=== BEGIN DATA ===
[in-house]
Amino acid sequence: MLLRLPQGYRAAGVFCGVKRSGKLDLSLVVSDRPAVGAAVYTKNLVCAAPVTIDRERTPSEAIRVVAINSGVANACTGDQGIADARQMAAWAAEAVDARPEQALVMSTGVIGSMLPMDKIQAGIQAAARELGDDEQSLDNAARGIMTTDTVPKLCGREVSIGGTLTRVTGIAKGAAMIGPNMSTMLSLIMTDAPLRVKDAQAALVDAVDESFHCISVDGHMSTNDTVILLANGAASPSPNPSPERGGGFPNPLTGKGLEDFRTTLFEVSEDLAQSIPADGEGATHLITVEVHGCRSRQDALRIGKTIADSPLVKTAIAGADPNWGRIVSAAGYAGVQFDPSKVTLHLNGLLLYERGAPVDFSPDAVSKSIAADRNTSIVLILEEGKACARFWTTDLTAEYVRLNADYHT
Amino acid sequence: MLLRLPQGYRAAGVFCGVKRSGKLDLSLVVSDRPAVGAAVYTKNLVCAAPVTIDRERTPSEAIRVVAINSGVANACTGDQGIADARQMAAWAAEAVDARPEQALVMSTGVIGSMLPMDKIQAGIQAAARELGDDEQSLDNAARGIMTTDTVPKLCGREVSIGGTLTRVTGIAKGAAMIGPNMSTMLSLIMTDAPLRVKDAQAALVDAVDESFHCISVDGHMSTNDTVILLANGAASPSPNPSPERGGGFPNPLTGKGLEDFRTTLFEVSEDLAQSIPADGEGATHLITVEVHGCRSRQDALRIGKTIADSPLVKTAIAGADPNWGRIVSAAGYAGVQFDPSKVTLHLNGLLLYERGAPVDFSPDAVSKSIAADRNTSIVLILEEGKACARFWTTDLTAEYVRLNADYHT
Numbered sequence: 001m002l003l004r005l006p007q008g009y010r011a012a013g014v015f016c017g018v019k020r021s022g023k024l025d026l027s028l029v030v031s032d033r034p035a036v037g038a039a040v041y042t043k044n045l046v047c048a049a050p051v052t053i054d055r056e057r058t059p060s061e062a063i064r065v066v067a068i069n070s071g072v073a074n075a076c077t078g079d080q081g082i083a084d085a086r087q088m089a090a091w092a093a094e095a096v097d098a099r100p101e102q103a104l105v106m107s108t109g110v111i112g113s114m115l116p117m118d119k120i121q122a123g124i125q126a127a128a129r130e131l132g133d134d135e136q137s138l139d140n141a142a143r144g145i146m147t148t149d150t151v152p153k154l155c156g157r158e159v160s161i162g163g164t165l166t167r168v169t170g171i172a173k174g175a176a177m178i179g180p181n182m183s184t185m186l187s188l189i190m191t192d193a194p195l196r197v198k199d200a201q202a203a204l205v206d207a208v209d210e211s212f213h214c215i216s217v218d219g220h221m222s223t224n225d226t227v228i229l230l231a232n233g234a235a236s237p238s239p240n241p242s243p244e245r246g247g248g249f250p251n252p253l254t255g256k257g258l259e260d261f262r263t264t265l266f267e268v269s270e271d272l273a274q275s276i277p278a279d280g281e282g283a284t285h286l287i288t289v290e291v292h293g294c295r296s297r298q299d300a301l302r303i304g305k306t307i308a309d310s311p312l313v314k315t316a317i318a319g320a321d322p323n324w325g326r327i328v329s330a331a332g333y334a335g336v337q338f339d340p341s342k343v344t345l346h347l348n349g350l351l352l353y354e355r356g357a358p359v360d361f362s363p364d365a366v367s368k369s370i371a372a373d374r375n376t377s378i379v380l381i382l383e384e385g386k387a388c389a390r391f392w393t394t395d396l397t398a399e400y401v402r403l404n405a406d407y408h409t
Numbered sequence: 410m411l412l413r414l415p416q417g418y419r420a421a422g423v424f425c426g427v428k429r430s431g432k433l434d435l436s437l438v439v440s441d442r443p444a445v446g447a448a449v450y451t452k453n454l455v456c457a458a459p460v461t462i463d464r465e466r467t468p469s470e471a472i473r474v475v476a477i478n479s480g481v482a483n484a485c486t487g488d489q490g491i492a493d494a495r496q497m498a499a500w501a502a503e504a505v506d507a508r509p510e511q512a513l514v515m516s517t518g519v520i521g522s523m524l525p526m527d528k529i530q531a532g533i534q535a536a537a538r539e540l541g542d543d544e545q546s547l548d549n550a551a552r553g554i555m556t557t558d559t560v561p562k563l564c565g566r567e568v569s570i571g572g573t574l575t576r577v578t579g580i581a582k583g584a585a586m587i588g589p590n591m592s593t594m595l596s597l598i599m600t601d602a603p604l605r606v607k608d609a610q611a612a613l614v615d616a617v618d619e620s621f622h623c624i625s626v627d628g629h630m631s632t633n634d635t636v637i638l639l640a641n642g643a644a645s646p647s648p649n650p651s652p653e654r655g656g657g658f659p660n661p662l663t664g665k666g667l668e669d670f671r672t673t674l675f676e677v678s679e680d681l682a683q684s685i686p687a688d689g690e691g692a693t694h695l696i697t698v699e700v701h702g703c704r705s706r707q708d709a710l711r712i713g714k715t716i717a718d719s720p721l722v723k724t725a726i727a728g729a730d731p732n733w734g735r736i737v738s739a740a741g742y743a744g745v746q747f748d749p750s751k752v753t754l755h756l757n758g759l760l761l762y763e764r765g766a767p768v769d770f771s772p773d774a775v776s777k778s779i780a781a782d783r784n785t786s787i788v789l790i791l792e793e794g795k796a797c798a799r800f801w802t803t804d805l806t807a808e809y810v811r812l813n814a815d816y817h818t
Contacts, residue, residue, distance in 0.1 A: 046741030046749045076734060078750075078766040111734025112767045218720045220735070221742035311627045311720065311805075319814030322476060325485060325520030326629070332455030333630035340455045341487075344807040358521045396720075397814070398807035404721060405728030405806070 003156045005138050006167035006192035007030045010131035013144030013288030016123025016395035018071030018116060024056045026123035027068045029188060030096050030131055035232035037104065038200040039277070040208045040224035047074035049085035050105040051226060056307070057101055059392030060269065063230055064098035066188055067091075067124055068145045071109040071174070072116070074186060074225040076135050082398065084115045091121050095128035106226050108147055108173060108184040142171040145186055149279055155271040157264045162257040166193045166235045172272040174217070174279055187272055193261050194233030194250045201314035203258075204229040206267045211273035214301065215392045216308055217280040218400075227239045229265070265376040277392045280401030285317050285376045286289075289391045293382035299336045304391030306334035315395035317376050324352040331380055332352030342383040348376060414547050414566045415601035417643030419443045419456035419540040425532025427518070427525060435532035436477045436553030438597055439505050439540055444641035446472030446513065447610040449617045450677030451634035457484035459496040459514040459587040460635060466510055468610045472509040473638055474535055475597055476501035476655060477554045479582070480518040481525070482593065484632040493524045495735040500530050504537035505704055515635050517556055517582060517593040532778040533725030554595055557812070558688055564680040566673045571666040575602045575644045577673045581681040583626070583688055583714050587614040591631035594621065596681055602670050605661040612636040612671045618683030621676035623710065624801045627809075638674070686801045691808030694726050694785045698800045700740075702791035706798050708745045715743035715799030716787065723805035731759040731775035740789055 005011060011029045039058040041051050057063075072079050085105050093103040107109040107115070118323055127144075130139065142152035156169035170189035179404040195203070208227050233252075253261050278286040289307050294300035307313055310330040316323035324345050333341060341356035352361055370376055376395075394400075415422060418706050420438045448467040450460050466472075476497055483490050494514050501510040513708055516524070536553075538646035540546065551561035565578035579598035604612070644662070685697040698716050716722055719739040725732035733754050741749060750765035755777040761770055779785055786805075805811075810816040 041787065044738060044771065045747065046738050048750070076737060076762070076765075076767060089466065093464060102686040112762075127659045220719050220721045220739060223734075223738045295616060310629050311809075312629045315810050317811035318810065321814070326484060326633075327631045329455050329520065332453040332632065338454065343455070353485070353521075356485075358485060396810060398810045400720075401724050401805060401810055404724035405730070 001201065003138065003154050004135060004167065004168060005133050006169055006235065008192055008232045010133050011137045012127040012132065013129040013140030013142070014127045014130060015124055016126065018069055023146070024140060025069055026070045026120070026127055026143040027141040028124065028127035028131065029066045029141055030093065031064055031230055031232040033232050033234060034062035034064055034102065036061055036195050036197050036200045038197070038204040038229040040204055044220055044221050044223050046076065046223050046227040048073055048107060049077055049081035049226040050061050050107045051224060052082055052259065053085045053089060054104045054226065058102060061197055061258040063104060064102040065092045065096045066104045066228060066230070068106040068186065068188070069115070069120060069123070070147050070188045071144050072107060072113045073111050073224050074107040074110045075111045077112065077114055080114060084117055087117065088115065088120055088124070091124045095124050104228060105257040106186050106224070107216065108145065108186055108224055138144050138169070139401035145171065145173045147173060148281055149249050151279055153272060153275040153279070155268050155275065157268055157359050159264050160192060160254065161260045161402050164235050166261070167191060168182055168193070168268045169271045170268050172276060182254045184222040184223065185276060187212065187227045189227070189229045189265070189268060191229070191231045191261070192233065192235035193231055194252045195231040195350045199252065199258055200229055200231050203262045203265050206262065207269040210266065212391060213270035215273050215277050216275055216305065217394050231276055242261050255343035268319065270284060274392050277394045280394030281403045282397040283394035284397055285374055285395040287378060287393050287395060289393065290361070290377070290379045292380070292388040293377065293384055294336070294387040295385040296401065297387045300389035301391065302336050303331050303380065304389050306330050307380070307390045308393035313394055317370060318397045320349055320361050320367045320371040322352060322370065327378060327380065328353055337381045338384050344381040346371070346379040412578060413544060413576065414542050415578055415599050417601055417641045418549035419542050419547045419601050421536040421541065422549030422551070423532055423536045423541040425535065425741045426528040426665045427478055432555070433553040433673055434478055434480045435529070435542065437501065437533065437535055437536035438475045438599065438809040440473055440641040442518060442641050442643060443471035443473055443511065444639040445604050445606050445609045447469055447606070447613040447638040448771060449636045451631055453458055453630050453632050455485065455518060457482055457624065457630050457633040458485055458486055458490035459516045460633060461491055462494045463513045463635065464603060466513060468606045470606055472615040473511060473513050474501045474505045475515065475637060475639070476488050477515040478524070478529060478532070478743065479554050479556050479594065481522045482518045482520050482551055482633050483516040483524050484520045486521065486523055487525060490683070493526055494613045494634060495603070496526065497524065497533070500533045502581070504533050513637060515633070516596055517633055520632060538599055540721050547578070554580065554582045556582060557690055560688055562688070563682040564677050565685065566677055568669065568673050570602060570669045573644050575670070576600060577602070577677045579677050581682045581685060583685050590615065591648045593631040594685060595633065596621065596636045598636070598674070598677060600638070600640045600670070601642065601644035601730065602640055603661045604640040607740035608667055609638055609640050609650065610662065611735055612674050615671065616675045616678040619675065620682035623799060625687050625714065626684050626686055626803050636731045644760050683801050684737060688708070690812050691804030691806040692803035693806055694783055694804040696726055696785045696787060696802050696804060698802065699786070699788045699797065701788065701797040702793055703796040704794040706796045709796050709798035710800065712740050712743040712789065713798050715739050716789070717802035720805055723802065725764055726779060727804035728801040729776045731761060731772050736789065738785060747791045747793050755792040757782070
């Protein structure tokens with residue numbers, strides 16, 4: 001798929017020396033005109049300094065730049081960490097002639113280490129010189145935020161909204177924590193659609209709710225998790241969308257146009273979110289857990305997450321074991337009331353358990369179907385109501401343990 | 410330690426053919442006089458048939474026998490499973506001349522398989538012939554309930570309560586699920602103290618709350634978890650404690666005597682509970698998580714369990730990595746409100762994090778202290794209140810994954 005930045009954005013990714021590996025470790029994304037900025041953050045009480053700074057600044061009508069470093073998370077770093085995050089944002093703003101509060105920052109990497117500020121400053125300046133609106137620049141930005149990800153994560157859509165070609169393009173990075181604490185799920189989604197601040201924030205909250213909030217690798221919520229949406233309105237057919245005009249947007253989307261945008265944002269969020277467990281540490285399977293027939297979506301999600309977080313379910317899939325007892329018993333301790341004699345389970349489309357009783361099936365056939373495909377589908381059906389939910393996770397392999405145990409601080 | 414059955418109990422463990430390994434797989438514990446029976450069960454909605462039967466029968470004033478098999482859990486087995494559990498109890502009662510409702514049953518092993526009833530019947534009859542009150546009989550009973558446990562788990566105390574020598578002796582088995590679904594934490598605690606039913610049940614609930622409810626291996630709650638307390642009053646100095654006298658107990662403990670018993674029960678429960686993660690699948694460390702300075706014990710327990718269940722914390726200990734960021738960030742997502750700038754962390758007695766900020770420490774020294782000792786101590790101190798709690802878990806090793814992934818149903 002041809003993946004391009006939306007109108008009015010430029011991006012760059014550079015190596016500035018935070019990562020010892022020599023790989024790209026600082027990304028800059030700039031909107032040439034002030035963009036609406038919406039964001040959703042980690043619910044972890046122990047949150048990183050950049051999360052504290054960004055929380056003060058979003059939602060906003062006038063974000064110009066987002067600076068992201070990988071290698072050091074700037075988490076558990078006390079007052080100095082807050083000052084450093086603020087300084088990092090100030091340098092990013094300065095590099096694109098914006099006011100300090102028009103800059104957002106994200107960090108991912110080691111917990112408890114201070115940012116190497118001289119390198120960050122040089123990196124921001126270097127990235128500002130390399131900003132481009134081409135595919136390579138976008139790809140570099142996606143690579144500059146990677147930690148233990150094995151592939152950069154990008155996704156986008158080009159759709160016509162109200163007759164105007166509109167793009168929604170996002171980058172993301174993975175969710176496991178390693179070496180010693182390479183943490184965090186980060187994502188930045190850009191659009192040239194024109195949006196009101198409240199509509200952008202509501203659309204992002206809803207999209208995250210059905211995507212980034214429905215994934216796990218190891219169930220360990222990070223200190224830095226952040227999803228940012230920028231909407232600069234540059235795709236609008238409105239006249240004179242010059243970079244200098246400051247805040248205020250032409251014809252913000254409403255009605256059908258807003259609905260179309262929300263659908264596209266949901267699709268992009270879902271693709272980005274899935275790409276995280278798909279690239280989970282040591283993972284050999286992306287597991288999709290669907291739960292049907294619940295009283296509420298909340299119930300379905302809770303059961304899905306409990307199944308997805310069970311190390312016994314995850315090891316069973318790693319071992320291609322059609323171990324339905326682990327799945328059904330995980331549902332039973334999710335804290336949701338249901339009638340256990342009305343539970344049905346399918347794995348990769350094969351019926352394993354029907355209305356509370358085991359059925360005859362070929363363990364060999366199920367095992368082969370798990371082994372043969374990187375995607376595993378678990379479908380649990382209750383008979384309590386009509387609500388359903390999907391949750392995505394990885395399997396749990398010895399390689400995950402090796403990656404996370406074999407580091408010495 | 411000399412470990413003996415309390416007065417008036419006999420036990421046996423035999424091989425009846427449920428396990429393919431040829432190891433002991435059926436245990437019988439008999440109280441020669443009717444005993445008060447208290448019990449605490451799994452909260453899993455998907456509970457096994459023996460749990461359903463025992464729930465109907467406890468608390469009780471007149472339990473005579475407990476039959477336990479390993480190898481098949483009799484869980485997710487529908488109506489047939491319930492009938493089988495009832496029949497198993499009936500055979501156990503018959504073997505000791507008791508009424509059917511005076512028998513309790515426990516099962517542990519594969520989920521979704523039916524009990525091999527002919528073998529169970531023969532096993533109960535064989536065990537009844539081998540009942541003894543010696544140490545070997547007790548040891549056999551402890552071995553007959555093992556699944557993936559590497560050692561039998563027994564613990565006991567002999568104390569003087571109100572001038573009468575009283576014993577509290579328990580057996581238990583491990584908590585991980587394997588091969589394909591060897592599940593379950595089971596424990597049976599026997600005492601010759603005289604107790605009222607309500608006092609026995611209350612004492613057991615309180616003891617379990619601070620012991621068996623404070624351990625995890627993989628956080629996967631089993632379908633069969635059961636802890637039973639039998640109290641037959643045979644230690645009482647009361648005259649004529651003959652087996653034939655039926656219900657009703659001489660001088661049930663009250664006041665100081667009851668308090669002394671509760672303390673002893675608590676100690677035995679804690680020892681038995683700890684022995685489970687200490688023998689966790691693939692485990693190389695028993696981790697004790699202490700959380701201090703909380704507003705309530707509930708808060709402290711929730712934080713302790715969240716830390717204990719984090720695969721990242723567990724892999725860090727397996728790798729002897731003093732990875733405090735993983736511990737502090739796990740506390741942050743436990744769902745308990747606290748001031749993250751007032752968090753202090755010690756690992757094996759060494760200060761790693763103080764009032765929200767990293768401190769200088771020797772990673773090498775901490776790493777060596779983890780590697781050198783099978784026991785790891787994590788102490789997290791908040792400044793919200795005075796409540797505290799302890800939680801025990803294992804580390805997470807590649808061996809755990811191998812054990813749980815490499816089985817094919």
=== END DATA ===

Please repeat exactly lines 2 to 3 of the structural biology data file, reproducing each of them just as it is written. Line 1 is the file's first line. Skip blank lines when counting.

Amino acid sequence: MLLRLPQGYRAAGVFCGVKRSGKLDLSLVVSDRPAVGAAVYTKNLVCAAPVTIDRERTPSEAIRVVAINSGVANACTGDQGIADARQMAAWAAEAVDARPEQALVMSTGVIGSMLPMDKIQAGIQAAARELGDDEQSLDNAARGIMTTDTVPKLCGREVSIGGTLTRVTGIAKGAAMIGPNMSTMLSLIMTDAPLRVKDAQAALVDAVDESFHCISVDGHMSTNDTVILLANGAASPSPNPSPERGGGFPNPLTGKGLEDFRTTLFEVSEDLAQSIPADGEGATHLITVEVHGCRSRQDALRIGKTIADSPLVKTAIAGADPNWGRIVSAAGYAGVQFDPSKVTLHLNGLLLYERGAPVDFSPDAVSKSIAADRNTSIVLILEEGKACARFWTTDLTAEYVRLNADYHT
Amino acid sequence: MLLRLPQGYRAAGVFCGVKRSGKLDLSLVVSDRPAVGAAVYTKNLVCAAPVTIDRERTPSEAIRVVAINSGVANACTGDQGIADARQMAAWAAEAVDARPEQALVMSTGVIGSMLPMDKIQAGIQAAARELGDDEQSLDNAARGIMTTDTVPKLCGREVSIGGTLTRVTGIAKGAAMIGPNMSTMLSLIMTDAPLRVKDAQAALVDAVDESFHCISVDGHMSTNDTVILLANGAASPSPNPSPERGGGFPNPLTGKGLEDFRTTLFEVSEDLAQSIPADGEGATHLITVEVHGCRSRQDALRIGKTIADSPLVKTAIAGADPNWGRIVSAAGYAGVQFDPSKVTLHLNGLLLYERGAPVDFSPDAVSKSIAADRNTSIVLILEEGKACARFWTTDLTAEYVRLNADYHT